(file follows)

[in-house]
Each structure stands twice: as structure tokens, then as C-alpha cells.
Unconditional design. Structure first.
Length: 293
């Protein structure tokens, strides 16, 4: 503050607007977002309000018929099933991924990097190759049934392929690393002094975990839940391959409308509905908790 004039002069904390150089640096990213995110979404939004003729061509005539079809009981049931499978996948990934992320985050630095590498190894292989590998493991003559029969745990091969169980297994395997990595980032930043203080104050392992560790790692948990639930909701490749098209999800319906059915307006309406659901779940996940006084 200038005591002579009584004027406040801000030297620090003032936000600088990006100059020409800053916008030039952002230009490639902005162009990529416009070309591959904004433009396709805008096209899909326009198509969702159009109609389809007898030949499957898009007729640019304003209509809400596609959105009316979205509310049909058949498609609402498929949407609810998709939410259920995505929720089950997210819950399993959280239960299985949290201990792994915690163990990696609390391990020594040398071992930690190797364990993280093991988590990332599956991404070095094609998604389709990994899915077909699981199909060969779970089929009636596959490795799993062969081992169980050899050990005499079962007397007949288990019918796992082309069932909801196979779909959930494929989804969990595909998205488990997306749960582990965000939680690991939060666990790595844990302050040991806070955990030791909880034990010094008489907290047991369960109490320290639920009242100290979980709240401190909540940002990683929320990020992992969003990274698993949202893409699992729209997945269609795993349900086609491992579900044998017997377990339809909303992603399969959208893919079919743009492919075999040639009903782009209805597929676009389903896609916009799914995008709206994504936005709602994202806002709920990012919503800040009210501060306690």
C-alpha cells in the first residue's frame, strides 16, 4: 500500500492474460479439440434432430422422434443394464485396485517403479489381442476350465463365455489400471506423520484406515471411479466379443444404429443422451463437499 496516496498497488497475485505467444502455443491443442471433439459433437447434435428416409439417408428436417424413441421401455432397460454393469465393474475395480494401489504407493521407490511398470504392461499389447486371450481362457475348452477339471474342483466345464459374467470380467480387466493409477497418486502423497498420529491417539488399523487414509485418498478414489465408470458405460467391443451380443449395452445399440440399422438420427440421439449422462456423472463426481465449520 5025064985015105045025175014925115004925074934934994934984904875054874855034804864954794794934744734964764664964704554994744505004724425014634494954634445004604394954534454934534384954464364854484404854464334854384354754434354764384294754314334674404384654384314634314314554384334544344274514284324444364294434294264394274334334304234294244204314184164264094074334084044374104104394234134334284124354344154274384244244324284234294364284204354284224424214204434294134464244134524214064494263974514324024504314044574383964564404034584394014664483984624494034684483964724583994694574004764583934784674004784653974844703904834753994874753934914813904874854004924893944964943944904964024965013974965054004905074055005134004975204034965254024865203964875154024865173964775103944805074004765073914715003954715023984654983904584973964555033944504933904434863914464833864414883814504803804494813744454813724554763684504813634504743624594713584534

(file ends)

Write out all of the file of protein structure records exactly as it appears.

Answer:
[in-house]
Each structure stands twice: as structure tokens, then as C-alpha cells.
Unconditional design. Structure first.
Length: 293
């Protein structure tokens, strides 16, 4: 503050607007977002309000018929099933991924990097190759049934392929690393002094975990839940391959409308509905908790 004039002069904390150089640096990213995110979404939004003729061509005539079809009981049931499978996948990934992320985050630095590498190894292989590998493991003559029969745990091969169980297994395997990595980032930043203080104050392992560790790692948990639930909701490749098209999800319906059915307006309406659901779940996940006084 200038005591002579009584004027406040801000030297620090003032936000600088990006100059020409800053916008030039952002230009490639902005162009990529416009070309591959904004433009396709805008096209899909326009198509969702159009109609389809007898030949499957898009007729640019304003209509809400596609959105009316979205509310049909058949498609609402498929949407609810998709939410259920995505929720089950997210819950399993959280239960299985949290201990792994915690163990990696609390391990020594040398071992930690190797364990993280093991988590990332599956991404070095094609998604389709990994899915077909699981199909060969779970089929009636596959490795799993062969081992169980050899050990005499079962007397007949288990019918796992082309069932909801196979779909959930494929989804969990595909998205488990997306749960582990965000939680690991939060666990790595844990302050040991806070955990030791909880034990010094008489907290047991369960109490320290639920009242100290979980709240401190909540940002990683929320990020992992969003990274698993949202893409699992729209997945269609795993349900086609491992579900044998017997377990339809909303992603399969959208893919079919743009492919075999040639009903782009209805597929676009389903896609916009799914995008709206994504936005709602994202806002709920990012919503800040009210501060306690």
C-alpha cells in the first residue's frame, strides 16, 4: 500500500492474460479439440434432430422422434443394464485396485517403479489381442476350465463365455489400471506423520484406515471411479466379443444404429443422451463437499 496516496498497488497475485505467444502455443491443442471433439459433437447434435428416409439417408428436417424413441421401455432397460454393469465393474475395480494401489504407493521407490511398470504392461499389447486371450481362457475348452477339471474342483466345464459374467470380467480387466493409477497418486502423497498420529491417539488399523487414509485418498478414489465408470458405460467391443451380443449395452445399440440399422438420427440421439449422462456423472463426481465449520 5025064985015105045025175014925115004925074934934994934984904875054874855034804864954794794934744734964764664964704554994744505004724425014634494954634445004604394954534454934534384954464364854484404854464334854384354754434354764384294754314334674404384654384314634314314554384334544344274514284324444364294434294264394274334334304234294244204314184164264094074334084044374104104394234134334284124354344154274384244244324284234294364284204354284224424214204434294134464244134524214064494263974514324024504314044574383964564404034584394014664483984624494034684483964724583994694574004764583934784674004784653974844703904834753994874753934914813904874854004924893944964943944904964024965013974965054004905074055005134004975204034965254024865203964875154024865173964775103944805074004765073914715003954715023984654983904584973964555033944504933904434863914464833864414883814504803804494813744454813724554763684504813634504743624594713584534